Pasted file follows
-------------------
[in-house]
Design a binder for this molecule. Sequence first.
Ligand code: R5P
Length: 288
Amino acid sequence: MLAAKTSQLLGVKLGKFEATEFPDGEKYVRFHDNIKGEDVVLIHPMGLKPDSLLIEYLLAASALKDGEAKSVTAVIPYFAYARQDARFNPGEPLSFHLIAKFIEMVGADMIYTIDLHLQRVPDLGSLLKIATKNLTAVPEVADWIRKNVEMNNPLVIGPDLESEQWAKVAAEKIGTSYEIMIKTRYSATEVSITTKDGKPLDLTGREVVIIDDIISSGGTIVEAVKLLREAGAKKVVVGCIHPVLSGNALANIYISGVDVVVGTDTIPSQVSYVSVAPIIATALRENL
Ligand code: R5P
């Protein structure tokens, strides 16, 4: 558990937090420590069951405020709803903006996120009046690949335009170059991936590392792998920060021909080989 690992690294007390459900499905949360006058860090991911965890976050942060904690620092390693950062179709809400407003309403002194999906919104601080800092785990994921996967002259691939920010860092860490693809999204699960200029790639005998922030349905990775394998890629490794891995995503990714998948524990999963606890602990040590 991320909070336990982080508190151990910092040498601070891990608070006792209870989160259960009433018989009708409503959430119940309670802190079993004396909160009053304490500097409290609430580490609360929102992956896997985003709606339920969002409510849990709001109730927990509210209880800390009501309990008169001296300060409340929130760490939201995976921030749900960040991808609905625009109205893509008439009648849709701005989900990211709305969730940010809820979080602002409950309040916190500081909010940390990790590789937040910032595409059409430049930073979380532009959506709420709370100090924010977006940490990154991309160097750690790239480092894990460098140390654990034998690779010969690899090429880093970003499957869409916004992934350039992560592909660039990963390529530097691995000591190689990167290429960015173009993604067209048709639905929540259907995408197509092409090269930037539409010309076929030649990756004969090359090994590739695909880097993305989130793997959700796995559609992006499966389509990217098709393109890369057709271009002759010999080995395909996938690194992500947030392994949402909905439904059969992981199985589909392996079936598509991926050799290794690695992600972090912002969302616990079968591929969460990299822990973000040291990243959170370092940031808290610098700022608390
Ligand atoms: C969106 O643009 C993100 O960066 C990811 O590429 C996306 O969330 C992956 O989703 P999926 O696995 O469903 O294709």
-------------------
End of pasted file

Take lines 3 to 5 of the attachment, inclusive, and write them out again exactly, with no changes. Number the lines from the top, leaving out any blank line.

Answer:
Ligand code: R5P
Length: 288
Amino acid sequence: MLAAKTSQLLGVKLGKFEATEFPDGEKYVRFHDNIKGEDVVLIHPMGLKPDSLLIEYLLAASALKDGEAKSVTAVIPYFAYARQDARFNPGEPLSFHLIAKFIEMVGADMIYTIDLHLQRVPDLGSLLKIATKNLTAVPEVADWIRKNVEMNNPLVIGPDLESEQWAKVAAEKIGTSYEIMIKTRYSATEVSITTKDGKPLDLTGREVVIIDDIISSGGTIVEAVKLLREAGAKKVVVGCIHPVLSGNALANIYISGVDVVVGTDTIPSQVSYVSVAPIIATALRENL